Study of the Day: Even Your Pet Dog Was First 'Made in China'

Genetic tests confirm that the Asian region south of the Yangtze River is where people most likely began domesticating wolves

main Phase4Photography shutterstock_29503774.jpg

PROBLEM: Scientists who study genetics, morphology, and behavior agree that dogs are descended from wolves. There's no such consensus, however, on where these canines were first domesticated.

METHODOLOGY: Peter Savolainen and Mattias Oskarsson, scientists at Sweden's KTH Royal Institute of Technology, along with several Chinese researchers analyzed DNA from male dogs around the world, including specimens from the Asian region south of the Yangtze River (ASY).

RESULTS: About half of the canine gene pool was universally shared everywhere in the world, and only the ASY region had the entire range of genetic diversity.

CONCLUSION: The DNA of dogs from all over the world can be traced back to the ASY region.

IMPLICATION: Previous studies that have pointed to the Middle East as the area where people began domesticating wolves may be mistaken. As Savolainen says in a statement: "Our results confirm that Asia south of the Yangtze River was the most important -- and probably the only -- region for wolf domestication."

SOURCE: The full study, "Origins of Domestic Dog in Southern East Asia is Supported by Analysis of Y-Chromosome DNA," is published in the journal Heredity.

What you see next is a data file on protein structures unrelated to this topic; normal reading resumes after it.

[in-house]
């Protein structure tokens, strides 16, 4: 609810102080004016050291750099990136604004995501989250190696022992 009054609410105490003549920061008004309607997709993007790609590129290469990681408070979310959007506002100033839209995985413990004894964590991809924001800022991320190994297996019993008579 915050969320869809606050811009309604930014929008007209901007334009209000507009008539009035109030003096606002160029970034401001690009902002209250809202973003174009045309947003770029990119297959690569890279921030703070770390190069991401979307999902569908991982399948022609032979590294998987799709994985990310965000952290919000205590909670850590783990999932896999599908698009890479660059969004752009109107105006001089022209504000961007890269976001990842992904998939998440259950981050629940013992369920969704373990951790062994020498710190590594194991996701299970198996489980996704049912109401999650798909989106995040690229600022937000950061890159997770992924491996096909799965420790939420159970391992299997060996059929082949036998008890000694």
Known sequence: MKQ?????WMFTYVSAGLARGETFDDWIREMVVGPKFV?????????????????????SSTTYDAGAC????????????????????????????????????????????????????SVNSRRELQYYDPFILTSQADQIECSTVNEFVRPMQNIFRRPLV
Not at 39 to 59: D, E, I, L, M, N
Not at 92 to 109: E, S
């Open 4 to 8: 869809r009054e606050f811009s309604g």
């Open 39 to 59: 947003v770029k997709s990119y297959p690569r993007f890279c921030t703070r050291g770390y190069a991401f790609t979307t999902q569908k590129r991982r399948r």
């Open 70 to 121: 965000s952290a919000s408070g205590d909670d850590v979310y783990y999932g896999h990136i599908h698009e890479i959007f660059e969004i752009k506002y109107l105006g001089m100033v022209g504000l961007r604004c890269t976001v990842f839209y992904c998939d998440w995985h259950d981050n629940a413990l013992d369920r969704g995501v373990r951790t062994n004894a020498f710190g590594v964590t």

Image: Phase4Photography/Shutterstock.

Presented by

Hans Villarica writes for and produces The Atlantic's Health channel. His work has appeared in TIME, People Asia, and Fast Company.

What Happened to the Milky Way?

Light pollution has taken away our ability to see the stars. Can we still save the night sky?

Join the Discussion

After you comment, click Post. If you’re not already logged in you will be asked to log in or register with Disqus.

Please note that The Atlantic's account system is separate from our commenting system. To log in or register with The Atlantic, use the Sign In button at the top of every page.

blog comments powered by Disqus

Video

What Happened to the Milky Way?

Light pollution has taken away our ability to see the stars. Can we still save the night sky?

Video

The Faces of #BlackLivesMatter

Scenes from a recent protest in New York City

Video

Desegregated, Yet Unequal

A short documentary about the legacy of Boston busing

Video

Ruth Bader Ginsburg on Life

The Supreme Court justice talks gender equality and marriage.

Video

Social Media: The Video Game

What if the validation of your peers could "level up" your life?

Video

The Pentagon's $1.5 Trillion Mistake

The F-35 fighter jet was supposed to do everything. Instead, it can barely do anything.

More in Health

Just In